EXCLUSIVE: Tiffiny Hall shares how she juggles family, #WFH and iso life
It's the new norm
By Tiffiny Hall
Founder TIFFXO / October 12 2020
What is “normal” anyway? This time last year, it meant weekly WIPS at TIFFXO HQ, Friday night after-work outings, racing Arnie around from swimming lessons to nan and pops, scouting local shops for a headpiece to wear to the Spring Races, and hitting up the gym every other day.
Nowadays, it’s swerving on the sidewalk to respect a 1.5 meters distance from passers by, talking to a cashier through a perspex screen, and for the majority of the population, working from home – I have a feeling we’re not in Kansas anymore!
We adapted to this new ‘norm’ overnight, which for many of us has been a hurricane of homeschooling, home workouts, zoom meetings, bottomless mess, 24/7 parenting, and a lack of ‘me’ time. Let’s just say ISO burnout is more real than ever, and if there was ever a ‘right’ way to go about all of this, you certainly didn’t have time to figure it out.
Unfortunately, 2020 didn’t come with an official instruction manual, so here’s the next best thing… 2020 #101: My Tips and Tricks For Juggling Family, #WFH and Iso Life, by Tiffiny Hall ...
- Clock off: When working from home, try not to fall into the habit of blurring the lines between work and leisure. To declutter your head, experience a more productive work day, and enjoy more relaxing downtime, you need to have boundaries. So clock off, stay clocked off, and set some rules around when you are contactable or not – just because your office is now also your living room, that doesn’t make emailing during The Bachie okay.
- Zones: To help create these boundaries, make sure you define certain areas in your home. Eat all meals at the dining table (Netflix can wait), read a book in your bedroom, make your back porch your yoga studio, and above all, keep work at work. Whether your office is a small study nook, a desk in the corner of your bedroom or a sectioned off area at one end of the breakfast bar, set up a productive and purposeful space. And as a symbolic end to every day, turn off your computer, step outside for a breath of fresh air and don’t reenter this work zone until the next morning.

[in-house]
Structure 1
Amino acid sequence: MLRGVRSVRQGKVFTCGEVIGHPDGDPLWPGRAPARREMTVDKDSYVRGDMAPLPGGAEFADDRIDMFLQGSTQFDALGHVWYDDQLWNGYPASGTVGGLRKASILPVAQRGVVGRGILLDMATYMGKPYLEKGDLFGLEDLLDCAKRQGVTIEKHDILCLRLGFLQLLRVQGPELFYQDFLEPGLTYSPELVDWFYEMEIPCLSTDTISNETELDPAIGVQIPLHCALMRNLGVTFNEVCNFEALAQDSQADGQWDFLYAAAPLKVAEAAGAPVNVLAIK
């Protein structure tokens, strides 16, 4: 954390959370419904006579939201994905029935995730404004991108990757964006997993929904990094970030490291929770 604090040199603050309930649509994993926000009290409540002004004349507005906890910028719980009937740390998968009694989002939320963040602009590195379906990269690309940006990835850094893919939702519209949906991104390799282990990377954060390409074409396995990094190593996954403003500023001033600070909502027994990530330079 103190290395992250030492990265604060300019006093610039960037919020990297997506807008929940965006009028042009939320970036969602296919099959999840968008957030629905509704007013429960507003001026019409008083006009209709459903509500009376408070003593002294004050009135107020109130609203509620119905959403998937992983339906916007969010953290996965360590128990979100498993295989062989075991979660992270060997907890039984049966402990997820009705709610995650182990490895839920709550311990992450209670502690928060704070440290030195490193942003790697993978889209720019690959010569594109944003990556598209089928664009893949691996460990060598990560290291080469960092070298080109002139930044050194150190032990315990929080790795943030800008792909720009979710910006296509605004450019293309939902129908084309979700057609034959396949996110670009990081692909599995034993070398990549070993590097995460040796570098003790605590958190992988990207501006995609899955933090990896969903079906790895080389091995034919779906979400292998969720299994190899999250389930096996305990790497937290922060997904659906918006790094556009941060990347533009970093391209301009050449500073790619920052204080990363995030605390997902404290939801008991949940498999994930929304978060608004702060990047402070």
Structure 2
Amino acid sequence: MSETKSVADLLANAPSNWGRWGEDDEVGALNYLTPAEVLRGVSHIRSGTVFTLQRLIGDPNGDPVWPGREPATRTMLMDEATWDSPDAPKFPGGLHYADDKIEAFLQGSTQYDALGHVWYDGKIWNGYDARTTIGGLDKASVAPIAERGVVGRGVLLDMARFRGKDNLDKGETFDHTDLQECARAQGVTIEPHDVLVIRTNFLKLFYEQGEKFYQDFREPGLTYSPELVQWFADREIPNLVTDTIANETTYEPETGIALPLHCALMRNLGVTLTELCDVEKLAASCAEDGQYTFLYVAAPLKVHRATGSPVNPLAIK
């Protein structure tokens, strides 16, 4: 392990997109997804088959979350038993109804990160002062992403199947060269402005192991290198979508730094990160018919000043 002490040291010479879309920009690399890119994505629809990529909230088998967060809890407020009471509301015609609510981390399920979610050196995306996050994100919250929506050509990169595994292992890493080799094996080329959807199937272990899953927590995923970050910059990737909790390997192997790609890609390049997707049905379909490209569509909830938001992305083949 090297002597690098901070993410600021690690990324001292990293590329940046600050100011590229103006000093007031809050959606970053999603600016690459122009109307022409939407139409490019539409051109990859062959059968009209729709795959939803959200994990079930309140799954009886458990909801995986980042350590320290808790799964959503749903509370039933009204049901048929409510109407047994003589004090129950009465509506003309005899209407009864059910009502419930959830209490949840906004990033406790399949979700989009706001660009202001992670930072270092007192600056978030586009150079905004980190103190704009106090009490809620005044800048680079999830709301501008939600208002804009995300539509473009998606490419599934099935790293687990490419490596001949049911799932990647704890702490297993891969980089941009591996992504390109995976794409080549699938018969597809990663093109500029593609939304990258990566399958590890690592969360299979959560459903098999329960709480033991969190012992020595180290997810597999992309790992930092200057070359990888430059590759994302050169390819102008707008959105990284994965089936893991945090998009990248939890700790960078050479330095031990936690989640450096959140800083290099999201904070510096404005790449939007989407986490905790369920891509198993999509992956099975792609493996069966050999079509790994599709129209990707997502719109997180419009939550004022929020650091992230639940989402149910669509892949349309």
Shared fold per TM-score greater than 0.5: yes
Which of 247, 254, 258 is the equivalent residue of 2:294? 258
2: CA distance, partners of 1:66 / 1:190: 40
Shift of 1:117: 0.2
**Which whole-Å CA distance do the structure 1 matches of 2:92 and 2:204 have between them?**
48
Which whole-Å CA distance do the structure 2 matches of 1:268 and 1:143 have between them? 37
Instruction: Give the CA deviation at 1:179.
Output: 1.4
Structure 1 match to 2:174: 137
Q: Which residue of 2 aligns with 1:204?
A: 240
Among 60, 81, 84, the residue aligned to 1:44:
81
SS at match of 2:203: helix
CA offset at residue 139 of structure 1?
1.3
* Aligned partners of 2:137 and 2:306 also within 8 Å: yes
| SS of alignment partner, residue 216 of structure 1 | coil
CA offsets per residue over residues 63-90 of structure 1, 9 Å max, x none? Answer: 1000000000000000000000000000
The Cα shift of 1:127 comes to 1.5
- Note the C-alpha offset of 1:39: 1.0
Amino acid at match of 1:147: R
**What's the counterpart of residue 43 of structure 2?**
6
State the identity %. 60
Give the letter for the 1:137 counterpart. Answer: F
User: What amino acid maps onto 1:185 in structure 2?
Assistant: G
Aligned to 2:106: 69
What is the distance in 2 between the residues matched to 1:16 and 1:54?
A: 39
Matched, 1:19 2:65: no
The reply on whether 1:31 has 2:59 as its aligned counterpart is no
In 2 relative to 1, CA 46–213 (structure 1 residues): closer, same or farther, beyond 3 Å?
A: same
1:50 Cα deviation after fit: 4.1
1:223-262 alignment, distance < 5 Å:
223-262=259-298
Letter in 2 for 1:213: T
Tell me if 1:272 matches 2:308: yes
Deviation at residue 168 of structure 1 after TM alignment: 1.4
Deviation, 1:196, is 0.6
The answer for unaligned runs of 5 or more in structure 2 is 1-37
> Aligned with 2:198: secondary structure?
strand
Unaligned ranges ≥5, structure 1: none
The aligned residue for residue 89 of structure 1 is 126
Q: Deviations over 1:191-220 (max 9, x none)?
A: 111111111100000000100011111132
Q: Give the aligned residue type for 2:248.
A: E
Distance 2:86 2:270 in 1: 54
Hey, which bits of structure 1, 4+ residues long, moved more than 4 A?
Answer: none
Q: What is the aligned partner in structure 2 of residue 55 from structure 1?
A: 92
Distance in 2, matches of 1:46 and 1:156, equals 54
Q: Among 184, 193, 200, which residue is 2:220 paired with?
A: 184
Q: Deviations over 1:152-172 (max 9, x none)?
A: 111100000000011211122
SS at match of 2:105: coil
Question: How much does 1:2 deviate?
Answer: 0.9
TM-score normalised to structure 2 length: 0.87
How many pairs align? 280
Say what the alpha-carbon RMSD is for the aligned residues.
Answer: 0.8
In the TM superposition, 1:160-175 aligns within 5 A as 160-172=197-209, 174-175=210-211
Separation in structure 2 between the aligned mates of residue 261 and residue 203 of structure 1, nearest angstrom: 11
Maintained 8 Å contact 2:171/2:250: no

- Make a list, check it twice: I have a very clear cut schedule in my day that includes all of my ‘to do’ items around the house, work commitments, as well as ample play time with Arnie and catch ups with Ed. Stick to your schedule as though each item is an appointment. This keeps your day (and your head) from becoming an unproductive blur of multitasking and unfinished business. Pin your schedule to the fridge or whiteboard it so others can respect it, and reassess at intervals throughout the day to reprioritise and stay on top of things – being flexible is the key to not letting iso break you!
- Home-place culture: Spending more time under the same roof with your family or housemates can be really trying, so it’s important to nurture these relationships and alleviate any tension built up from say, arguing over what to watch on the TV, or who didn’t help with the dishes this week, or the dirty socks left all over the lounge room floor. So set aside time each week for some quality hangouts. Get creative and organize something the whole gang can enjoy: a family bbq, a popcorn and movie night, a trivia session, poker night, board games, a zoom dinner with friends – live life to the full and boost morale in what ways you can.
- Space: ‘Me time’ is essential to living a balanced life, especially in iso, so make sure you’re putting aside 20 minutes a day in your schedule for this. But as much as you need ‘me time’, so do others. Respecting the space of your family is allowing them to have their own ‘me time’ so they can recharge and clear their heads also.
- Control the controllables: There are a lot of things that are out of your hands right now, so regaining control over the things that are up to you is the key to your sanity – your nutrition, mindset, reactions, exercise, and mood all come under this umbrella, and mindfulness is how you can go about it. Being more aware of your actions and reactions, being conscious of other people’s feelings, being understanding toward yourself, eating (snacking in particular) more mindfully, actively doing things that are good for your health and wellbeing like working out regularly, and taking your mindset by the reins – these are all either acts of mindfulness or the result of practising mindfulness, and will make living a balanced iso life and juggling the many obstacles that 2020 throws at you more manageable.